Rain – lots and lots of heavy rain had fallen for|
day after day, until finally this morning dawned
cloudless and sunny. The nearby bayou, before
stagnant, now runs briskly. The rain has spawned
squishy, straggly lawns of now calf-high grass.
The birds awakened hungry and eagerly flock
to my empty feeders. I’ve neglected the task
of filling feeders. I remove my shoes and socks
to brave the wetness of my green swamp of a yard.
As I pour fresh seed into the closest bird feeder,
birds begin calling out notice to all that their hard
times are temporarily over – he’s filling the feeders!
The yard is alive with sparrows, red-winged black birds,
mourning doves, cardinals, all hungrily waiting to eat.
Four feeders full, I head toward the last – my word! –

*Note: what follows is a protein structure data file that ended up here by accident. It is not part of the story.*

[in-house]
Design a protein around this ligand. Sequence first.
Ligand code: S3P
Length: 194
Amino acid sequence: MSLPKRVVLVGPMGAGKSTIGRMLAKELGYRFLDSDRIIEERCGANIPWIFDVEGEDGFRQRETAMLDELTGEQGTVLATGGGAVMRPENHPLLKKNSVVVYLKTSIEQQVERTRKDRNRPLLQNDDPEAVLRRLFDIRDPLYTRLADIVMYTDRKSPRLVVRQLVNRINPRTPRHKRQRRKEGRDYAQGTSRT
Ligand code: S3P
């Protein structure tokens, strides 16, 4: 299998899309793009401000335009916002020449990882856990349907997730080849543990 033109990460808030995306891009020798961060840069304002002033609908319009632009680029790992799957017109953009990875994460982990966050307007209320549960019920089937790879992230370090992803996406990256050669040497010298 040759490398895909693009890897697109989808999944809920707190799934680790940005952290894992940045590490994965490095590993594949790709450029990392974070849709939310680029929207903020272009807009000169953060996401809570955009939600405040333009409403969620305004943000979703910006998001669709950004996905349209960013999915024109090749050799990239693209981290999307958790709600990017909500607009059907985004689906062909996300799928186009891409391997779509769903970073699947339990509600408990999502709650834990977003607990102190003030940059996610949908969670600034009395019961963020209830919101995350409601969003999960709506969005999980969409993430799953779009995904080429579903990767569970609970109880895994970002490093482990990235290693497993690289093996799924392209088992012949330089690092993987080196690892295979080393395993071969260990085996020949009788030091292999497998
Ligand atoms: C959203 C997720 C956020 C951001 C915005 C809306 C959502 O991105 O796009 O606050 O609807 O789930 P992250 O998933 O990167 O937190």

a blue jay, noisily squawking, lands directly at my feet.
He hops a few feet ahead of me, stops, waits, then flies
to land on the fence. “Strange bird,” I think. Suddenly, he
is flapping close in front of my face. Once again he tries
to make me stop walking. He’s sure acting crazy as can be.
He dives toward the ground intently, before returning
to his perch upon the fence. I pause. Suddenly, I see
there in the tall grass, precisely where I’d be standing
to order to fill the last feeder, a four-foot long catastrophe.
I detect the ripple of muscles as the deadly snake
slithers half-hidden through the tall grass – a water
moccasin, poisonous and aggressive. Slowly I take
a few steps backwards, for I know what he’s after.
His hopes for a tasty meal of unwary squirrel or bird
die when my shovel blade quickly strikes, beheading
this would-be killer. Now I know that it sounds absurd,
but I think that blue jay was intentionally set on saving
my life. I do know his actions I won’t soon be forgetting.